The Eukaryotic Cell Cytoskeleton

Edited by Jessie, Sharingknowledge, Jen Moreau

The Eukaryotic Cell Cytoskeleton

When you think of the typical picture of the eukaryotic cell in a textbook you may imagine the cell as a big balloon full of liquid and organelles. While this simplified view makes describing the organelles easier, it is missing a major component. If the cell was really like this blob cartoon, what would keep the cell from just deflating, how would organelles stay in their correct location, and how would molecules be moved in and out of the cell? This is where the cytoskeleton comes in.

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The cytoskeleton is a collection of protein fibers present throughout the cell that helps the cell to move, respond to the environment, and maintain its shape. The three main types of fibers are:

  1. 1
    microfilaments (actin filaments),
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  2. 2
    intermediate filaments, and
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  3. 3
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Without proper functioning of the cytoskeleton, diseases including Duchenne muscular dystrophy, Alzheimer's, heart disease, cancer, and skin disorders are prevalent.

Microfilaments (actin filaments)

Microfilaments are the thinnest of the three cytoskeletal fibers. Microfilaments are also known as actin fibers because they are made up of units called actin. Actin is the monomer (smaller piece or subunit) of the larger microfilament (polymer). Actin is involved cell processes that involve movement; it helps the motor protein myosin perform its function in muscle, helps separate cells during mitosis, and provides a scaffold for cargo within the cell to move in and out. Actin fibers are present in the cytoplasm to help move cargo, and also provide shape and structure to the cell.

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Actin fibers are continually being assembled and disassembled, which helps the cell to move and change. The process of assembly/disassembly can be separated into three phases; nucleation, elongation, and steady-state (treadmilling). During nucleation, the filament is just beginning to form. In the elongation phase, actin is being added to the fiber so it grows in length. During the steady-state, treadmilling phase, you can imagine this as building railroad tracks. While one end it being built, the other end is being taken apart, making the fiber maintain the same length. This dynamic process allows the cell to build and take apart fibers and change the properties of the scaffold.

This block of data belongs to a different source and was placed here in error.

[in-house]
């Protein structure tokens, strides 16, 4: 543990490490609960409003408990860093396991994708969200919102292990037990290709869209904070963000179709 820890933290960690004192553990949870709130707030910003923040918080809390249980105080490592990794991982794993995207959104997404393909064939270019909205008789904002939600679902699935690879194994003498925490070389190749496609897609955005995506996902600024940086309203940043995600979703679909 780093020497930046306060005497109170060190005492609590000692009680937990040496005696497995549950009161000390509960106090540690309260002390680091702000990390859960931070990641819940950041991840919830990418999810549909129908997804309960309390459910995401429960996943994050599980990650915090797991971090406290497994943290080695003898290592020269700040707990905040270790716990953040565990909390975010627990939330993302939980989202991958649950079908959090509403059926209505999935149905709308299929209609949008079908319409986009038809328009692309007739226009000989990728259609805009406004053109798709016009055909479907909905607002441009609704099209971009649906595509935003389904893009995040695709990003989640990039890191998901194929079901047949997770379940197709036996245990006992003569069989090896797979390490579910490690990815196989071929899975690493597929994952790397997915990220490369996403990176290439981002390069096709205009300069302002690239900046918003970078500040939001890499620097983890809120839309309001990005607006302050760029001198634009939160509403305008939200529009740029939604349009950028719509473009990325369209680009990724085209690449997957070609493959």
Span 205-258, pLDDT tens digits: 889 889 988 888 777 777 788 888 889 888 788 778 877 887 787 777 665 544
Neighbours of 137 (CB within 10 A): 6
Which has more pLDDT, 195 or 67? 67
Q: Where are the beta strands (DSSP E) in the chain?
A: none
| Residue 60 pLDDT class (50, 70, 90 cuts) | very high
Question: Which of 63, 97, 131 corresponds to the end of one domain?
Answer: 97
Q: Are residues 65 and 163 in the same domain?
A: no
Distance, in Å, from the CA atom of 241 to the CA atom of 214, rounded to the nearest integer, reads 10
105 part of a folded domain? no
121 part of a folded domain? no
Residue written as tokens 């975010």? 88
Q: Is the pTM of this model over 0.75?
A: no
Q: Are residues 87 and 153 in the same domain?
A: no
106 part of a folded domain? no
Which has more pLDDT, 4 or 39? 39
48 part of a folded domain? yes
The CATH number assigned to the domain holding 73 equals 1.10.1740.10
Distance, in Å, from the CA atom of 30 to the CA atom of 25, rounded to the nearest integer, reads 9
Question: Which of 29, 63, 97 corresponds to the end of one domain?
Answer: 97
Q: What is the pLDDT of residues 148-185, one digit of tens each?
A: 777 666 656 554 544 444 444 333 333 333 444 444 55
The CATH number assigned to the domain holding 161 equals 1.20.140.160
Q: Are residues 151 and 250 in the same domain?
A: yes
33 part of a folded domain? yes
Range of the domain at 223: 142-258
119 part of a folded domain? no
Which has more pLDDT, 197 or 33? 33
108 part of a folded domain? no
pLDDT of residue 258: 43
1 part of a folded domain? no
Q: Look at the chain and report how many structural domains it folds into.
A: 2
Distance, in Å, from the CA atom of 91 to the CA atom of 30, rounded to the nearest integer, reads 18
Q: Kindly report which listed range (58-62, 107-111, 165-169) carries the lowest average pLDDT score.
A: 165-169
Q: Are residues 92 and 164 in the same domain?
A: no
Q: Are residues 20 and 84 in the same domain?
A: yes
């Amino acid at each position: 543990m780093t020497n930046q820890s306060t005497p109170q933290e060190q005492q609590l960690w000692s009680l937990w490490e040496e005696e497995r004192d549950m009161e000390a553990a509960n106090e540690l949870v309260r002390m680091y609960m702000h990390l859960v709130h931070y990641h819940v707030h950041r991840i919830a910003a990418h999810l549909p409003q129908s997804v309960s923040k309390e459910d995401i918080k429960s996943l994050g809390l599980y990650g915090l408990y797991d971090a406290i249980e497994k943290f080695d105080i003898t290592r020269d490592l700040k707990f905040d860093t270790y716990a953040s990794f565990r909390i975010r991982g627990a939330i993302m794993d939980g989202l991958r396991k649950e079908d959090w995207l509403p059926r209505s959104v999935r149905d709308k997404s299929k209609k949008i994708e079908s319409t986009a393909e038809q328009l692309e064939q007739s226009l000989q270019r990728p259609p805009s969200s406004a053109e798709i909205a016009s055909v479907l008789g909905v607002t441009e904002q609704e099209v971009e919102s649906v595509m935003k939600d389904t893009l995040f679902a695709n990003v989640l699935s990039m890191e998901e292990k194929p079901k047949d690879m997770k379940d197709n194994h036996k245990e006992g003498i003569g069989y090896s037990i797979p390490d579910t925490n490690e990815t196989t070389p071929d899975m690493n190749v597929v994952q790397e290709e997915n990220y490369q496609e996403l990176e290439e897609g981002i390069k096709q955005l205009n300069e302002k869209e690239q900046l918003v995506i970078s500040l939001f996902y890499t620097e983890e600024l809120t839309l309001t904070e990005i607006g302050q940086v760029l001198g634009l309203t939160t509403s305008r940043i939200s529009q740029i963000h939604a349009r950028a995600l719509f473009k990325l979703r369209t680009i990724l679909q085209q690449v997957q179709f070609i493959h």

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Intermediate Filaments

Intermediate filaments, as the name suggests, are a size in between microfilaments and microtubules. Intermediate filaments are made up of a fibrous subunit that is wound or coiled together. Examples include keratin found in hair and skin. Intermediate filaments are more stiff and permanent that microtubules, and serve as structural support. They do not undergo the dynamic assembly/disassembly seen in microfilaments. Intermediate filaments anchor the organelles and nucleus in place.

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Microtubules are the largest of the three cytoskeletal fibers. They are made up of subunits called tubulin (alpha and beta tubulin) that are arranged to form a tube-like structure, similar to a drinking straw. Microtubules are similar to microfilaments in that they are dynamically growing and being taken apart, and grow in one direction (like the railroad tracks example). One end of the microtubule can have new pieces added, and the other can only have them taken apart. Microtubules also provide a structural role, as well as some special roles. Microtubules make up the spindle during mitosis that is involved in pulling the chromosomes apart, they transport vesicles around the cell with proteins called kinesins and dyneins, and make up the cilia and flagella. A flagella is a long hair-like structure that helps the cell move; picture the tail on a sperm cell. Cilia are a smaller version of flagella that are present all around the outside of the cell that helps the cell move. Flagella and cilia both have a characteristic arrangement of microtubules called the 9+2 arrangement. 9 pairs of microtubules are arranged in a circle, with 2 more microtubules in the middle.

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In summary, the cytoskeleton is made up of proteinous fibers of increasing size microfilaments, intermediate filaments, and microtubules. Microtubules are helices made up of actin subunits, the intermediate filament is made up of different subunits that form a fibrous coiled structure, and microtubules form a tube structure made up of alpha and beta tubulin. Microfilaments and microtubules are dynamic, they are constantly being built and broken down. Intermediate filaments are more permanent.

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Article Info

Categories : Cell Biology

Recent edits by: Sharingknowledge, Jessie

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